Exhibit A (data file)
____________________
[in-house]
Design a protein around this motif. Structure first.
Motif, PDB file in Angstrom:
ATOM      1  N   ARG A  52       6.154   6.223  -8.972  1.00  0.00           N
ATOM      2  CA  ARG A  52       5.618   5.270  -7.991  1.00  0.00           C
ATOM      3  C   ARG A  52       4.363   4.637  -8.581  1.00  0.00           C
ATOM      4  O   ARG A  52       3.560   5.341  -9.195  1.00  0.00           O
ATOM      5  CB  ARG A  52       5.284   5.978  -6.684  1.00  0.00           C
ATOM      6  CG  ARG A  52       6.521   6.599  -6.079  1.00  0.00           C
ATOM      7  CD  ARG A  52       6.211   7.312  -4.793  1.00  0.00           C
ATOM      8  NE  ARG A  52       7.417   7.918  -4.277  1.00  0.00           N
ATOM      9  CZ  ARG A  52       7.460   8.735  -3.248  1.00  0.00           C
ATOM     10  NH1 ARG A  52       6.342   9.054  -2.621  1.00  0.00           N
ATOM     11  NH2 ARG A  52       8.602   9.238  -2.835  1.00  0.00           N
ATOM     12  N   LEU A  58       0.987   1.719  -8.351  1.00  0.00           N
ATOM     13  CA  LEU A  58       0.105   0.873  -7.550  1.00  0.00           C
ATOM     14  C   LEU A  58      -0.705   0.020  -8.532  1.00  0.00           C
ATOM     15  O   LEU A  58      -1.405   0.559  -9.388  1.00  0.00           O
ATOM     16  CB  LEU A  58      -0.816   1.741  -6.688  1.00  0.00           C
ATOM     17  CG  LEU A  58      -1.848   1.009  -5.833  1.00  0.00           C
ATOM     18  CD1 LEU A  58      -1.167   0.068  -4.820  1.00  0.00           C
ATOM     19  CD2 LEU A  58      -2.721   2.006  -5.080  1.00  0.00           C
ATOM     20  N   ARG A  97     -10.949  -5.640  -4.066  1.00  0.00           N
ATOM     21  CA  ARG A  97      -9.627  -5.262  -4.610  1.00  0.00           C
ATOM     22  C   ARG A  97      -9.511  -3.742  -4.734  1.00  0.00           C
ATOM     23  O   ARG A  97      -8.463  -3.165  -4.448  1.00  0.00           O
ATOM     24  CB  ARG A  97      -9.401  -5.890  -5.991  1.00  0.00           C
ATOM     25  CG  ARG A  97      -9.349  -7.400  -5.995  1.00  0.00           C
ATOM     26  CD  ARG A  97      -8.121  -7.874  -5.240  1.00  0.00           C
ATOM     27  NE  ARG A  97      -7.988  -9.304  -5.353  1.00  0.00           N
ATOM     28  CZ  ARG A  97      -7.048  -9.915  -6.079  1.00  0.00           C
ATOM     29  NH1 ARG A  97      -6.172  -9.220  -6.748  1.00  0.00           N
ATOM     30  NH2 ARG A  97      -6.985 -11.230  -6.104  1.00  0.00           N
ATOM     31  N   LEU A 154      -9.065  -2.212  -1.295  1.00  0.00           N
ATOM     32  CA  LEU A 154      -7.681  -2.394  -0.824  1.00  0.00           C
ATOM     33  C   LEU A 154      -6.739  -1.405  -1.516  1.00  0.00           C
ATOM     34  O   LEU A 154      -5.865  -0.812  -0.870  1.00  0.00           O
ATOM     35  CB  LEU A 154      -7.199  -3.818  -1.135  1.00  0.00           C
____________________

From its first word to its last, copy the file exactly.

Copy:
[in-house]
Design a protein around this motif. Structure first.
Motif, PDB file in Angstrom:
ATOM      1  N   ARG A  52       6.154   6.223  -8.972  1.00  0.00           N
ATOM      2  CA  ARG A  52       5.618   5.270  -7.991  1.00  0.00           C
ATOM      3  C   ARG A  52       4.363   4.637  -8.581  1.00  0.00           C
ATOM      4  O   ARG A  52       3.560   5.341  -9.195  1.00  0.00           O
ATOM      5  CB  ARG A  52       5.284   5.978  -6.684  1.00  0.00           C
ATOM      6  CG  ARG A  52       6.521   6.599  -6.079  1.00  0.00           C
ATOM      7  CD  ARG A  52       6.211   7.312  -4.793  1.00  0.00           C
ATOM      8  NE  ARG A  52       7.417   7.918  -4.277  1.00  0.00           N
ATOM      9  CZ  ARG A  52       7.460   8.735  -3.248  1.00  0.00           C
ATOM     10  NH1 ARG A  52       6.342   9.054  -2.621  1.00  0.00           N
ATOM     11  NH2 ARG A  52       8.602   9.238  -2.835  1.00  0.00           N
ATOM     12  N   LEU A  58       0.987   1.719  -8.351  1.00  0.00           N
ATOM     13  CA  LEU A  58       0.105   0.873  -7.550  1.00  0.00           C
ATOM     14  C   LEU A  58      -0.705   0.020  -8.532  1.00  0.00           C
ATOM     15  O   LEU A  58      -1.405   0.559  -9.388  1.00  0.00           O
ATOM     16  CB  LEU A  58      -0.816   1.741  -6.688  1.00  0.00           C
ATOM     17  CG  LEU A  58      -1.848   1.009  -5.833  1.00  0.00           C
ATOM     18  CD1 LEU A  58      -1.167   0.068  -4.820  1.00  0.00           C
ATOM     19  CD2 LEU A  58      -2.721   2.006  -5.080  1.00  0.00           C
ATOM     20  N   ARG A  97     -10.949  -5.640  -4.066  1.00  0.00           N
ATOM     21  CA  ARG A  97      -9.627  -5.262  -4.610  1.00  0.00           C
ATOM     22  C   ARG A  97      -9.511  -3.742  -4.734  1.00  0.00           C
ATOM     23  O   ARG A  97      -8.463  -3.165  -4.448  1.00  0.00           O
ATOM     24  CB  ARG A  97      -9.401  -5.890  -5.991  1.00  0.00           C
ATOM     25  CG  ARG A  97      -9.349  -7.400  -5.995  1.00  0.00           C
ATOM     26  CD  ARG A  97      -8.121  -7.874  -5.240  1.00  0.00           C
ATOM     27  NE  ARG A  97      -7.988  -9.304  -5.353  1.00  0.00           N
ATOM     28  CZ  ARG A  97      -7.048  -9.915  -6.079  1.00  0.00           C
ATOM     29  NH1 ARG A  97      -6.172  -9.220  -6.748  1.00  0.00           N
ATOM     30  NH2 ARG A  97      -6.985 -11.230  -6.104  1.00  0.00           N
ATOM     31  N   LEU A 154      -9.065  -2.212  -1.295  1.00  0.00           N
ATOM     32  CA  LEU A 154      -7.681  -2.394  -0.824  1.00  0.00           C
ATOM     33  C   LEU A 154      -6.739  -1.405  -1.516  1.00  0.00           C
ATOM     34  O   LEU A 154      -5.865  -0.812  -0.870  1.00  0.00           O
ATOM     35  CB  LEU A 154      -7.199  -3.818  -1.135  1.00  0.00           C